At this point, non-trinitarians will pose the question: well, what about the Holy Spirit? Isaiah talked about the Holy Spirit in another verse. In Isaiah 48:16, YHWH the Redeemer is talking, and he says, “Now the Lord God has sent me, and his Spirit.” So the question is, how did Isaiah know orthodoxy of hundreds of years in the future, and why did he affirm it as truth, if it is just manmade theological wrangling?
The Babylonian Captivity: Throughout the book of Isaiah, he hints vaguely at the upcoming Babylonian Captivity, in which Jerusalem would burn, and the Jews taken captive for a period of seventy years. This would serve as God’s punishment against Israel. But Isaiah went from vague references to very clear and bold statements, such as Isaiah 44:28: “It is I who says of Cyrus, he is my shepherd! And he will perform all my desire. And he declares of Jerusalem, ‘She will be build,’ and of the temple, ‘Your foundation will be laid.’
Throughout the ages, this was regarded as a long-term prophecy by all relevant scholarship in the field. But in the 18th century, the German theologian, Johann C. Doederlein and other critical scholars hypothesized that the prophecies were written during and after the exilic period. This hypothesis was clearly just a product of anti-supernatural fiat in an attempt to skirt passed the long-term prophecy in Isaiah. It is comparable to liberal scholars disliking Jesus’ prophecy of the destruction of Jerusalem in AD 70, so they post-date the gospels to account for it (despite that none of the disciples bothered the mention that the most cataclysmic even in their lives had taken place, even when Jesus predicted it).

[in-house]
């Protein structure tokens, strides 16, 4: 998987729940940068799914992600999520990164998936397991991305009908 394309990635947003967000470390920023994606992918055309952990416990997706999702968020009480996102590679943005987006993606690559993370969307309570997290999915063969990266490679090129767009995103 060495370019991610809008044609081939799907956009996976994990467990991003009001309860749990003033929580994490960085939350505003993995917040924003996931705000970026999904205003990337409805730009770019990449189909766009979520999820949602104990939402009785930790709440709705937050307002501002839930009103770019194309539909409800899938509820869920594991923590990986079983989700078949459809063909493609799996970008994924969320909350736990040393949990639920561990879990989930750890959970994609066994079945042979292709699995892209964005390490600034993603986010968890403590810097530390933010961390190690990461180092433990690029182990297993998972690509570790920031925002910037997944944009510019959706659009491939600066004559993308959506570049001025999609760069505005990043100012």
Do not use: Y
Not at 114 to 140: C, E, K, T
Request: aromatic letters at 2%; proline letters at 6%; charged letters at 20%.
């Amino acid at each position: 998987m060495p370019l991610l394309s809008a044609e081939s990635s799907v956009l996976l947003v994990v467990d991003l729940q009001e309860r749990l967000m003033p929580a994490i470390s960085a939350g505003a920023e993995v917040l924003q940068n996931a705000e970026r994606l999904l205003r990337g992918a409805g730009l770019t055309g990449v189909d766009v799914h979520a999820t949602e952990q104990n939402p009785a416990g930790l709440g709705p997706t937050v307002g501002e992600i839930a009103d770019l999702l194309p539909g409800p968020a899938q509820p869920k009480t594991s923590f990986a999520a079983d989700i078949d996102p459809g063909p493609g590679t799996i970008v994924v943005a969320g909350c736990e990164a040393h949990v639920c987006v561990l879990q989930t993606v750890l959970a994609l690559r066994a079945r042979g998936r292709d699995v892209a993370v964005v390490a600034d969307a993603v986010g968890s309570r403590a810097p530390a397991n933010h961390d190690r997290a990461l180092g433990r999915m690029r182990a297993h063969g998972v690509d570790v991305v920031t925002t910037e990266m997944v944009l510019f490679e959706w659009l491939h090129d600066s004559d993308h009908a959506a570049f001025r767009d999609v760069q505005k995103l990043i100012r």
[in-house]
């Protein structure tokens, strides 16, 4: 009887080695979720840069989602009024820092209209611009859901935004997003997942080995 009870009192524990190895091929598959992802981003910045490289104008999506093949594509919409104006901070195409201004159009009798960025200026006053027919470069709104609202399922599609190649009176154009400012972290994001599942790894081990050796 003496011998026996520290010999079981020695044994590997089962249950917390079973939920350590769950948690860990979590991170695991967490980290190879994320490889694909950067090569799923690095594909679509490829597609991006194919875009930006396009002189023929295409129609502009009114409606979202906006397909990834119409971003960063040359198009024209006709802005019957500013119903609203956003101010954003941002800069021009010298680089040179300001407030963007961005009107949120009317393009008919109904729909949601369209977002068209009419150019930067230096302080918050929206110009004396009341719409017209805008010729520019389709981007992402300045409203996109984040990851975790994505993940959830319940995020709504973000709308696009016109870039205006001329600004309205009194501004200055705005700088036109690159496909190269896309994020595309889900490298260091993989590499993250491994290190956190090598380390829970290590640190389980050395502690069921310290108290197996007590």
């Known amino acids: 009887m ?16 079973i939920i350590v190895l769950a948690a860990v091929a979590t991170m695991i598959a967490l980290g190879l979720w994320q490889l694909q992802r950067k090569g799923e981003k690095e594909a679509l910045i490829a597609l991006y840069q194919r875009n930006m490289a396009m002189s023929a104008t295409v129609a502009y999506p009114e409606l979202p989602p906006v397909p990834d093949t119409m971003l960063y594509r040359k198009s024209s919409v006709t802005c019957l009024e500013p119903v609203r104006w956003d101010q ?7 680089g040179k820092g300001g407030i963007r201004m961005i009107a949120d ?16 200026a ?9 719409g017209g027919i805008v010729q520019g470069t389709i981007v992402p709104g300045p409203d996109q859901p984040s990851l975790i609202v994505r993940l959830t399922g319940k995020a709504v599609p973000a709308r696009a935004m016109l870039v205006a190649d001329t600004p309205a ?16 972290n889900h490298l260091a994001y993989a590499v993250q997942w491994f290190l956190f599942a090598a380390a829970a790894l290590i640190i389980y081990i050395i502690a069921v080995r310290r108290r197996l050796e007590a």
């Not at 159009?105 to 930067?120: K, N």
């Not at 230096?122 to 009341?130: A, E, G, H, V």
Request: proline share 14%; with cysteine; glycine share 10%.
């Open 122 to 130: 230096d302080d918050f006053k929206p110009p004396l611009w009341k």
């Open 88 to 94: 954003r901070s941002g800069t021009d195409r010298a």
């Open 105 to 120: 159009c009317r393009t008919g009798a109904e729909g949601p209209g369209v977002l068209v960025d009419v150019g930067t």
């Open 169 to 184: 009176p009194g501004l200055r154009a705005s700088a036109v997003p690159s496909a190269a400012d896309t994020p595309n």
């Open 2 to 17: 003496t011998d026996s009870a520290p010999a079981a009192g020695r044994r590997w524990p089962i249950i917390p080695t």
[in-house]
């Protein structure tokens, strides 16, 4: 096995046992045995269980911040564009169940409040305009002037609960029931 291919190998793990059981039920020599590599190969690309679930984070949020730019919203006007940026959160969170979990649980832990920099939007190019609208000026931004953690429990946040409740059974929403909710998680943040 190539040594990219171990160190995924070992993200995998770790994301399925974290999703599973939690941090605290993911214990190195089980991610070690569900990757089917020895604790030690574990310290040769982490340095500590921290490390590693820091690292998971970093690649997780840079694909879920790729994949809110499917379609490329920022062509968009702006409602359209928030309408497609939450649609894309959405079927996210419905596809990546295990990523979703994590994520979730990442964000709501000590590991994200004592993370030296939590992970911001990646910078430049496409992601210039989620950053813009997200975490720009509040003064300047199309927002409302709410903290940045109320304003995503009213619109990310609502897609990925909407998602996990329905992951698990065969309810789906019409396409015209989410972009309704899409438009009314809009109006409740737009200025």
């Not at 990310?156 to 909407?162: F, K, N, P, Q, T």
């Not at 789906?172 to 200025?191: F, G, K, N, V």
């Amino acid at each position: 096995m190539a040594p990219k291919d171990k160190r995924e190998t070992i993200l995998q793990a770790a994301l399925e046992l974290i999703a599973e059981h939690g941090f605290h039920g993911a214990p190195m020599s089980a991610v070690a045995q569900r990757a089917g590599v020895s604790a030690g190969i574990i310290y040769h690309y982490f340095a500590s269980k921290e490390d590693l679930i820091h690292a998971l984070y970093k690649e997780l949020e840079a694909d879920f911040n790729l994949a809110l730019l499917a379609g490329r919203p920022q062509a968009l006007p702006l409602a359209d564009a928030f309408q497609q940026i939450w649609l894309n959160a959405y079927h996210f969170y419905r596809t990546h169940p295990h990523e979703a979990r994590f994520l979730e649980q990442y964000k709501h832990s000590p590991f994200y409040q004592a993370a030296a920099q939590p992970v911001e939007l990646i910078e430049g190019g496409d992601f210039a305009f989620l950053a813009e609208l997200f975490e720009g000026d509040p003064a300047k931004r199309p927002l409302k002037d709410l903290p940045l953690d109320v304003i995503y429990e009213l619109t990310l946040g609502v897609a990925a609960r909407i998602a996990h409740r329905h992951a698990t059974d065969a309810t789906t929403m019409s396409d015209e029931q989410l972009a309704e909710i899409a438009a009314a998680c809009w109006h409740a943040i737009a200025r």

I wrote more of this in my article, How Many Authors Wrote Isaiah? But for now I will just point out that there were contemporary prophets who were greatly influenced by the teaching of Isaiah. Some examples of this phenomenon are: Zephaniah 2:15 to Isaiah 47:8; Nahum 1:15 to Isaiah 52:7, Jeremiah 31:35 to Isaiah 51:15, Jeremiah 30:10-11 to Isaiah 43:1-6.
3 Reasons Atheists Are Afraid To Read Isaiah So it seems to me that there is little accounting for Isaiah on a naturalistic worldview. Isaiah prophesied the Babylonian Captivity, and there is good evidence that his entire book was written by a single author hundreds of years prior to the captivity. But even if I grant for charity that Isaiah had multiple authors, one still needs to answer the question of how Isaiah knew that the God of Israel would be worshipped by the entire world. One needs to answer the question of why Isaiah is teaching orthodox Christian theology. If atheism is true, then Isaiah needs to be absurdly post-dated to at least AD 300. Therefore, atheists are afraid to read Isaiah.